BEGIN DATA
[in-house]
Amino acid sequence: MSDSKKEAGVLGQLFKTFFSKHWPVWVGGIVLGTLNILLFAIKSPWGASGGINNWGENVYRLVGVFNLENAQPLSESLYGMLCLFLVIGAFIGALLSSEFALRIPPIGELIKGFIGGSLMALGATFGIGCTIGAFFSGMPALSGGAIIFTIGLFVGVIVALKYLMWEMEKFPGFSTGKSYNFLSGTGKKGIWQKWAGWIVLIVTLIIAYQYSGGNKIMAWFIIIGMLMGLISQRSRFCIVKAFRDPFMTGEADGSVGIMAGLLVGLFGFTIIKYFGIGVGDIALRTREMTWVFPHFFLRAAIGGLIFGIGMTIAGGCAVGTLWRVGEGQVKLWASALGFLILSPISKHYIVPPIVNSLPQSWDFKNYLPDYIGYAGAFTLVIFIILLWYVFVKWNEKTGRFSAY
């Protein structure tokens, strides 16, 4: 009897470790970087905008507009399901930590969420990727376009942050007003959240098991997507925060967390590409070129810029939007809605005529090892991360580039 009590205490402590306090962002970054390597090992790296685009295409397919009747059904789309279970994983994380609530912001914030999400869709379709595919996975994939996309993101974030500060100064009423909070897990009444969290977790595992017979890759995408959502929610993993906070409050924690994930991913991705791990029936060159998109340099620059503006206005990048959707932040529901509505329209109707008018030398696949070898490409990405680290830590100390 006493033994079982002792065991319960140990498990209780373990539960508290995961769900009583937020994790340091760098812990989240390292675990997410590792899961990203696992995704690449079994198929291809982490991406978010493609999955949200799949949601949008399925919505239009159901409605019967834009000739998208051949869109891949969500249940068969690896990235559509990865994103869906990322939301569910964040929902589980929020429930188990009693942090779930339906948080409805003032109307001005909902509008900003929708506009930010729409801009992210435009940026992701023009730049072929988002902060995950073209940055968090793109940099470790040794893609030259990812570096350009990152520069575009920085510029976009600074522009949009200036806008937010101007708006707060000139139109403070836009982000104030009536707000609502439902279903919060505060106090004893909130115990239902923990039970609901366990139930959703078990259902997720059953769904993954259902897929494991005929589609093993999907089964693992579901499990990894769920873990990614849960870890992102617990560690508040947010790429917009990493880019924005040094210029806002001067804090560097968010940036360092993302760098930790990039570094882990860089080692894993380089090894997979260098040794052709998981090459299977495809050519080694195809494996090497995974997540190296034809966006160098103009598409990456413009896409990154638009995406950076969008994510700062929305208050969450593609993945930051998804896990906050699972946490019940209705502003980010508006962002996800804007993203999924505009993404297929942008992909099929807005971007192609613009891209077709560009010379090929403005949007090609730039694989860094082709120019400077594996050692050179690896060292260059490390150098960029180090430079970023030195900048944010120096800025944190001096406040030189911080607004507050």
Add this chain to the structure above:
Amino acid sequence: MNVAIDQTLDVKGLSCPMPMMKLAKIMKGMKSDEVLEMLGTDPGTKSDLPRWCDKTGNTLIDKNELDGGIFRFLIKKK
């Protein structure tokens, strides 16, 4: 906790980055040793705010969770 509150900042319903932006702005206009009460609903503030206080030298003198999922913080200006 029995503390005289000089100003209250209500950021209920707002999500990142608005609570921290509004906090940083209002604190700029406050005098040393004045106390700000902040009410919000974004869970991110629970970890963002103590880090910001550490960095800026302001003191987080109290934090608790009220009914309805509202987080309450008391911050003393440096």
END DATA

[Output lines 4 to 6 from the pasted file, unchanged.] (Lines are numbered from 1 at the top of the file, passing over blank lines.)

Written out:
Add this chain to the structure above:
Amino acid sequence: MNVAIDQTLDVKGLSCPMPMMKLAKIMKGMKSDEVLEMLGTDPGTKSDLPRWCDKTGNTLIDKNELDGGIFRFLIKKK
């Protein structure tokens, strides 16, 4: 906790980055040793705010969770 509150900042319903932006702005206009009460609903503030206080030298003198999922913080200006 029995503390005289000089100003209250209500950021209920707002999500990142608005609570921290509004906090940083209002604190700029406050005098040393004045106390700000902040009410919000974004869970991110629970970890963002103590880090910001550490960095800026302001003191987080109290934090608790009220009914309805509202987080309450008391911050003393440096």